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ORIGINAL ARTICLE
Year : 2014  |  Volume : 2  |  Issue : 1  |  Page : 2-7

Evaluation of diagnostically difficult impacted maxillary canines in orthodontic patients and its effect on the root of adjacent teeth using cone beam computed tomography


1 Department of Maxillofacial Radiology, Guilan University of Medical Sciences, Dental School, Rasht, Iran
2 Department of Maxillofacial Surgery, Guilan University of Medical Sciences, Dental School, Rasht, Iran
3 Department of Orthodontics, Guilan University of Medical Sciences, Dental School, Rasht, Iran

Correspondence Address:
Zahra Dalili Kajan
The end of professor Samii Blv, Guilan University of Medical Sciences, Faculty of Dentistry, Department of Maxillofacial Radiology, Rasht
Iran
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Source of Support: None, Conflict of Interest: None


DOI: 10.4103/2321-3841.133544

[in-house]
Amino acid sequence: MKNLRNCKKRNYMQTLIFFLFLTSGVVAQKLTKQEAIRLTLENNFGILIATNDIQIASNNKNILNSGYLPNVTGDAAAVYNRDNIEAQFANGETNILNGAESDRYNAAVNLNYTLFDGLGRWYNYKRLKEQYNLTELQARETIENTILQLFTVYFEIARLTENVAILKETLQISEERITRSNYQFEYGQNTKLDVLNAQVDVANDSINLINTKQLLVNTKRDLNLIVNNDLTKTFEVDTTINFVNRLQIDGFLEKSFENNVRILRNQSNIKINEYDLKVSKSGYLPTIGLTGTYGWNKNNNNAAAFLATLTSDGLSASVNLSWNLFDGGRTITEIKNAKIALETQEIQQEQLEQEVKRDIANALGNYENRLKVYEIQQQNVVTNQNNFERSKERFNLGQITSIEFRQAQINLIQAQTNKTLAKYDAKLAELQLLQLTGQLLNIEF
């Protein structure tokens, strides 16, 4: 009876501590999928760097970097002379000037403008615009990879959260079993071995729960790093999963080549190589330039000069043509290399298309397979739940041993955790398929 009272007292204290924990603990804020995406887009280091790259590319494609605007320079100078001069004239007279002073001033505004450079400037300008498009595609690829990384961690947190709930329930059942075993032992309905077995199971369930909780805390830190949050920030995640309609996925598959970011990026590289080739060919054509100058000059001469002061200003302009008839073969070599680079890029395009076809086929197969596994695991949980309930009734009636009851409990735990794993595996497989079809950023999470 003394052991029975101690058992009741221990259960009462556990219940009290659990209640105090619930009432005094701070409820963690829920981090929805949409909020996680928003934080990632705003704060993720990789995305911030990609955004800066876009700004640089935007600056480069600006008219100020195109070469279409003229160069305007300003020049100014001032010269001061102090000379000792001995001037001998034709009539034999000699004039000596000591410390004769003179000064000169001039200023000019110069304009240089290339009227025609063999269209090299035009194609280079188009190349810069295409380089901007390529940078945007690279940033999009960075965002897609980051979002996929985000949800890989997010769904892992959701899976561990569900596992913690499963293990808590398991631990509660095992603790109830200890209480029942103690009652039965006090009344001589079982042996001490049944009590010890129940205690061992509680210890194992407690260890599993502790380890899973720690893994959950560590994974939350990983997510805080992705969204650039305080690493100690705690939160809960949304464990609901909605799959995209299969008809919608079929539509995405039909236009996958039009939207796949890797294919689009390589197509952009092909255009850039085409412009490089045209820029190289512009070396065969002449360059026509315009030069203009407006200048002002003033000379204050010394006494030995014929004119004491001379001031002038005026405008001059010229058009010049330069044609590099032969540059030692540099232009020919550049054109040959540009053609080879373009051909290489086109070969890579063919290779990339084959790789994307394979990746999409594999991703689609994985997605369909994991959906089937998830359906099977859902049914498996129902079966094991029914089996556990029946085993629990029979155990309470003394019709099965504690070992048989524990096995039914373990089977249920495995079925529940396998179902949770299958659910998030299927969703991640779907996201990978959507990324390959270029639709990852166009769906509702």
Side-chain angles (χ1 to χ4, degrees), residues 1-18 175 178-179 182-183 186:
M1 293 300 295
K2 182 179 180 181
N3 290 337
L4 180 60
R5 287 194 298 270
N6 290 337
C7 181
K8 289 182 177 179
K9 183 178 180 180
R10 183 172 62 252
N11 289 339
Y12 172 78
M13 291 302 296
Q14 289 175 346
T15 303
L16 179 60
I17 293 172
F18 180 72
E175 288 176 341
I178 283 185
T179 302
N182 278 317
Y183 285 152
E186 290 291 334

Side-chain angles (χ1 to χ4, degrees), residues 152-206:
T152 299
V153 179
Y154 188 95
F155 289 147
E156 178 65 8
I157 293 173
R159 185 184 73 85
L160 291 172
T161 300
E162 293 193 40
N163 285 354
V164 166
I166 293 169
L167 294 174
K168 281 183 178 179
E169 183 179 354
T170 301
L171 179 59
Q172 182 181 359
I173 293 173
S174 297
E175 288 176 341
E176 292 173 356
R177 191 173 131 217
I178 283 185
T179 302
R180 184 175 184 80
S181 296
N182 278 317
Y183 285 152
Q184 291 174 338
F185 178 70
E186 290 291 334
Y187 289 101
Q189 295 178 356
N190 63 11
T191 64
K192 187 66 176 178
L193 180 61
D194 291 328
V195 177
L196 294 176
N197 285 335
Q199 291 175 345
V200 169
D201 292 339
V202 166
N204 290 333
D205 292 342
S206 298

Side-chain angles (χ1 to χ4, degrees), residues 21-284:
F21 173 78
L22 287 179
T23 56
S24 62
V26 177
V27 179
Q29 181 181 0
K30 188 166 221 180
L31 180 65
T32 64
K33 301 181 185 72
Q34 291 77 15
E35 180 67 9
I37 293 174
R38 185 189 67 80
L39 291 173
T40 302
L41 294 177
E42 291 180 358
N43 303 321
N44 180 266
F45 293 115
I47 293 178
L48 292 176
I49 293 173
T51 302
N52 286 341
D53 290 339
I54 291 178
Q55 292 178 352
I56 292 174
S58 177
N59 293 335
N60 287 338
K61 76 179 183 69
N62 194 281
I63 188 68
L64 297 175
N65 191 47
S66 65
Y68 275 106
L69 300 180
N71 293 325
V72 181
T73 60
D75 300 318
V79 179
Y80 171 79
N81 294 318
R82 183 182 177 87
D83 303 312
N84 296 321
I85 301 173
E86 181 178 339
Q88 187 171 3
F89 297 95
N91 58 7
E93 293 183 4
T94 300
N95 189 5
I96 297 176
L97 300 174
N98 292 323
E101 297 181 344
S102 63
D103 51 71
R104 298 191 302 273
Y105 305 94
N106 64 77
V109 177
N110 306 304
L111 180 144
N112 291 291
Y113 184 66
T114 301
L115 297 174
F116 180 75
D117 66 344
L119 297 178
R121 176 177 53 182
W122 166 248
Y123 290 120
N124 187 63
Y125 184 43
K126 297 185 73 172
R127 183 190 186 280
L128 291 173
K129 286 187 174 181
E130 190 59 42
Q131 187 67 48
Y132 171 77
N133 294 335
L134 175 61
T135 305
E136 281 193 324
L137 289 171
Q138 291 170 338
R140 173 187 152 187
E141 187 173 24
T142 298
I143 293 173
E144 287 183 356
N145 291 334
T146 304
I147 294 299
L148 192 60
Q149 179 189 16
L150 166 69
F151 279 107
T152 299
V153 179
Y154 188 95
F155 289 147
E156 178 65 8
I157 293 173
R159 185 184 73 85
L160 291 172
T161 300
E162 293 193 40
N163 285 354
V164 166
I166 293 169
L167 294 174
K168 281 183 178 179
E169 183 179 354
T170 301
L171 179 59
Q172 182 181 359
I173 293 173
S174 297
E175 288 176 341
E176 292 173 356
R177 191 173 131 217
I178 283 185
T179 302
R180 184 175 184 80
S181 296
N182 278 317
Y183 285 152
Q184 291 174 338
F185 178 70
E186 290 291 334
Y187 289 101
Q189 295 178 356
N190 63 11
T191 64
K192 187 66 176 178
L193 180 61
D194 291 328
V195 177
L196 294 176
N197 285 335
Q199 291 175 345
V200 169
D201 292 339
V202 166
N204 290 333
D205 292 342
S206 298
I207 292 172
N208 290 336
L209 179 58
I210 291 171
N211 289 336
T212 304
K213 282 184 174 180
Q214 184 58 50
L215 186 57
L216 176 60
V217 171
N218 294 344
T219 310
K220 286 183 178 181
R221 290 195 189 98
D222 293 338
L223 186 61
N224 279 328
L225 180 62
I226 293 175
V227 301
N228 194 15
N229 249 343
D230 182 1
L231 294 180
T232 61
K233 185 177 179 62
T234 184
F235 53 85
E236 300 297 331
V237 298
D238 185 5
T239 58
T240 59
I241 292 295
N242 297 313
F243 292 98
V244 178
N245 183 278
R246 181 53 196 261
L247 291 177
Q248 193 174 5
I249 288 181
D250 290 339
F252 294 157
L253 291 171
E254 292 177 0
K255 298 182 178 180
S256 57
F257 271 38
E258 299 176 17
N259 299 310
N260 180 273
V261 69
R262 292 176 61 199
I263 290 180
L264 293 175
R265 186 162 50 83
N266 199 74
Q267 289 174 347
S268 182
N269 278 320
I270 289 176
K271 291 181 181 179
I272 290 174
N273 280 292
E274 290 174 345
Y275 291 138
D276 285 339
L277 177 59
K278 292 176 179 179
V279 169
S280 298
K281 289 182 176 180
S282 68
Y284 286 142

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Purpose: To evaluate the morphology of apical portion of impacted maxillary canines and their effects on root resorption of adjacent teeth as well as their locations and inclinations with cone beam computed tomography (CBCT) in an individual group of orthodontic patients. Materials and Methods: In this descriptive cross-sectional study, 71 diagnostically difficult impacted canines of 55 orthodontic patients were studied with CBCT images. In this group, the orthodontic treatment approaches for eruption of their impacted teeth were not successful. A radiologist opined about the angulation, the position of apical and coronal portion of maxillary canine tooth, resorption of adjacent teeth as well as existence of apical hook and root curvature in reconstructed images. The simultaneous existence of hook and root resorption with other data was subjected to statistical analysis by Chi-square and Fisher's Exact tests. Results: In this cross-sectional study, the position of crown in buccopalatal dimension were respectively 16.9, 73.2 and 9.9% in buccal, palatal and middle portion of the alveolar bone. Apical hook was seen in 28.2% of cases. Root resorption of the adjacent teeth was induced in 32.3% of the cases, 69.6% of which were slight. Overall, there were no significant statistical differences between the presence of hook, and the positions and angulations of impacted teeth. Conclusions: Apical and palatal positions of crowns of the impacted maxillary canines were the most common locations in the selected groups. The possibility of root resorption of adjacent teeth could be related to angulation of impacted tooth.


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